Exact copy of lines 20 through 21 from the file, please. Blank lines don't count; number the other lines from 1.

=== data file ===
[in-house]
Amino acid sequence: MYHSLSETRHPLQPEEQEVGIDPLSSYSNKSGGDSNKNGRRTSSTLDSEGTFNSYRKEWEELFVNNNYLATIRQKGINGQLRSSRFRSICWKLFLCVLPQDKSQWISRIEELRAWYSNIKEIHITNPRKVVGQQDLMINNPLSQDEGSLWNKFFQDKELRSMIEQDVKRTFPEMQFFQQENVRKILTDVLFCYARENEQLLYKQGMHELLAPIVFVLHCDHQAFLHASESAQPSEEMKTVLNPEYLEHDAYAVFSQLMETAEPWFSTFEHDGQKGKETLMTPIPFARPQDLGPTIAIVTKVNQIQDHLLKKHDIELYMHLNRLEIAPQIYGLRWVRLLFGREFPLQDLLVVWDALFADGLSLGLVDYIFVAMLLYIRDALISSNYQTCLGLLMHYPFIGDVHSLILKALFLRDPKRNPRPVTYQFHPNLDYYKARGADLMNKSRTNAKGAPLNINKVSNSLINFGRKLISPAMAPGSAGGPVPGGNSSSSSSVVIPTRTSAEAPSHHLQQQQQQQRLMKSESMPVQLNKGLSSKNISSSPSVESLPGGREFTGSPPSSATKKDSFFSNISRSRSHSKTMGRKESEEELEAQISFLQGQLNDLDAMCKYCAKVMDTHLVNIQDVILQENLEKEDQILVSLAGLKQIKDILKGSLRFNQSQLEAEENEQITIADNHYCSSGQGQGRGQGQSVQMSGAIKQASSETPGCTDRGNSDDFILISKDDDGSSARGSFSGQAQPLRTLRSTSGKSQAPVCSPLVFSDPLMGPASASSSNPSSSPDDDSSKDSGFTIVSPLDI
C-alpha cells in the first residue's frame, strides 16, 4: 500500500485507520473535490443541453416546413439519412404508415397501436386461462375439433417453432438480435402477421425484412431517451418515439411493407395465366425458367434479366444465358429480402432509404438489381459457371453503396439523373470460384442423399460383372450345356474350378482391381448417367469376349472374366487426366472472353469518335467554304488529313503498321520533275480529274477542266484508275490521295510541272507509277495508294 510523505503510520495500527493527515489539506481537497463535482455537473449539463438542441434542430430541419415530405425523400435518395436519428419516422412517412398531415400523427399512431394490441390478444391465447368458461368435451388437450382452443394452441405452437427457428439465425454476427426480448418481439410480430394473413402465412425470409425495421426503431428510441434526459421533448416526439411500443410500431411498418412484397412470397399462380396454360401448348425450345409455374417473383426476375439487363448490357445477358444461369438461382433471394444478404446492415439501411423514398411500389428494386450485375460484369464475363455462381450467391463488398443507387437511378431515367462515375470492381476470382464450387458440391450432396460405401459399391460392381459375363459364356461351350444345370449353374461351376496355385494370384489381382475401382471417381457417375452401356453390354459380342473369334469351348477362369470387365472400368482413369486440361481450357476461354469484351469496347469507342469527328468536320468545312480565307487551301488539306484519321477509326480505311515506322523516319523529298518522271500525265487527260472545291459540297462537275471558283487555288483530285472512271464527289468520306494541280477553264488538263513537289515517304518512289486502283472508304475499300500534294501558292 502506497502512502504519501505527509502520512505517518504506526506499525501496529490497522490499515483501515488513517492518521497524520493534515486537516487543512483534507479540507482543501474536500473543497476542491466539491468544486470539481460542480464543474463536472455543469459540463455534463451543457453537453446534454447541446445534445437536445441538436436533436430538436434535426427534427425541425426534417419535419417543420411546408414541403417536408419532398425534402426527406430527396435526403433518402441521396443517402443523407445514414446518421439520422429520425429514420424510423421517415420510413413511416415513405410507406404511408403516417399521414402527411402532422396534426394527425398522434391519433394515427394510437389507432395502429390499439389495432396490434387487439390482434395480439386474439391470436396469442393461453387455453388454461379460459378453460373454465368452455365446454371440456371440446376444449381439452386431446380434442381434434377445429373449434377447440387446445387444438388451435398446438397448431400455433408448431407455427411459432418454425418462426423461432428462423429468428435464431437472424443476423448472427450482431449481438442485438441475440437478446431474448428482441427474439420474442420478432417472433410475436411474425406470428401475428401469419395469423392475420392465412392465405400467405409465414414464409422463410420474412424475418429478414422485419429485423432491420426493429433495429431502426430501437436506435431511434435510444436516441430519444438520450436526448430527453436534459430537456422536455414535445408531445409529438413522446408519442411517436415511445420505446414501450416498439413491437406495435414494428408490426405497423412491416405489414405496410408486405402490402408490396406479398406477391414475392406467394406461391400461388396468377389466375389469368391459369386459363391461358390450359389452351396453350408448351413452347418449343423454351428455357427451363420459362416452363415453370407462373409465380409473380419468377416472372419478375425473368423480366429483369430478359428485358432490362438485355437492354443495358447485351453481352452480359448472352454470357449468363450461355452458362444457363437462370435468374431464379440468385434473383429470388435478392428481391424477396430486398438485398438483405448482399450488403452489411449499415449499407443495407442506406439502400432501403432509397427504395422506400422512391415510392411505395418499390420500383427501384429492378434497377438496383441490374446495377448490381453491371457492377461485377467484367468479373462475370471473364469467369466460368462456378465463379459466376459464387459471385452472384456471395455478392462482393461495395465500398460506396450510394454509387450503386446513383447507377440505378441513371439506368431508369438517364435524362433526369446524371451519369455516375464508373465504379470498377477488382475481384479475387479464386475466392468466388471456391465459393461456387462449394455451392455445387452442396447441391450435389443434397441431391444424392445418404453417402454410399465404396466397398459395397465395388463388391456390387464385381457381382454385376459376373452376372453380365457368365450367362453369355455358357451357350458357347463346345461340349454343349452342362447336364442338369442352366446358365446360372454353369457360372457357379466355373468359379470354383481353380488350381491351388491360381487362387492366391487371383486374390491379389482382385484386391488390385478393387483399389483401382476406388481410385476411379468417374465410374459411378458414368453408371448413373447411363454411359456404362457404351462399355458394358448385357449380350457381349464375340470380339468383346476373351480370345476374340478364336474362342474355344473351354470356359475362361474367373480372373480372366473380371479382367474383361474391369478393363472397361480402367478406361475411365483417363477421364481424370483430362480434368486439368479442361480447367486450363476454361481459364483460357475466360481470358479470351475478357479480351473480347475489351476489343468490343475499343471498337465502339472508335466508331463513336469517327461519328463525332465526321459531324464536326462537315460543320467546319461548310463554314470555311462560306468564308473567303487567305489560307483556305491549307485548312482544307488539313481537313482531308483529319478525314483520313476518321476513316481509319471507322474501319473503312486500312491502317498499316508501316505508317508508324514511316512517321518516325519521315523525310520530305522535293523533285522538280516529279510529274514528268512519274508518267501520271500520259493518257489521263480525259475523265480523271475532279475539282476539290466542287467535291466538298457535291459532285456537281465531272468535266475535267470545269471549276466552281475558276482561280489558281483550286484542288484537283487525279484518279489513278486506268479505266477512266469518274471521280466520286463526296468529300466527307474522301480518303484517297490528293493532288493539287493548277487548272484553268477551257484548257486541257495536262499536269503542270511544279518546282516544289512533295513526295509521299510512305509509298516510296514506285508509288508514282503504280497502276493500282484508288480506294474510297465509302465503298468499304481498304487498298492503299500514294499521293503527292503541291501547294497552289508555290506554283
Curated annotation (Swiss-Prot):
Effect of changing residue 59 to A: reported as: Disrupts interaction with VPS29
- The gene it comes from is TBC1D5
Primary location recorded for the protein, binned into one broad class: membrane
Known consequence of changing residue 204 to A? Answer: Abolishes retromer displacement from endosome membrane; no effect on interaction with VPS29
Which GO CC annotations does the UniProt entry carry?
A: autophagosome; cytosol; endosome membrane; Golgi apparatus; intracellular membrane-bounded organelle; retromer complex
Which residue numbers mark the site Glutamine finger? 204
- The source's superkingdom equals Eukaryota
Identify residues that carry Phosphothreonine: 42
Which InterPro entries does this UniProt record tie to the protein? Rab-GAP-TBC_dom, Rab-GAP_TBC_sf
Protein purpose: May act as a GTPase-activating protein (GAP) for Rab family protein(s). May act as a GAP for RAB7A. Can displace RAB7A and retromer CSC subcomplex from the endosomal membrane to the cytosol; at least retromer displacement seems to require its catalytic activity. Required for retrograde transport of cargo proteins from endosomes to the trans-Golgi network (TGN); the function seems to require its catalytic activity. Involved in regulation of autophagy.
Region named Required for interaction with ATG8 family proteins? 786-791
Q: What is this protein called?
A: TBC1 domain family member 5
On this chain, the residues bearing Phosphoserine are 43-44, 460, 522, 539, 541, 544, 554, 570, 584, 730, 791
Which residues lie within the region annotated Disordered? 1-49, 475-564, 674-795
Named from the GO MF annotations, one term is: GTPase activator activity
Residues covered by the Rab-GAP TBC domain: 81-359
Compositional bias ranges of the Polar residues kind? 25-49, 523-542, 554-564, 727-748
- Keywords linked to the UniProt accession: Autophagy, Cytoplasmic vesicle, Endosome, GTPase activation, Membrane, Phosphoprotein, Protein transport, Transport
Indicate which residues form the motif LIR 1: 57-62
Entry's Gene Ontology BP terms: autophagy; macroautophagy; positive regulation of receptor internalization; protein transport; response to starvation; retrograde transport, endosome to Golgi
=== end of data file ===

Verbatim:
Which residues lie within the region annotated Disordered? 1-49, 475-564, 674-795
Named from the GO MF annotations, one term is: GTPase activator activity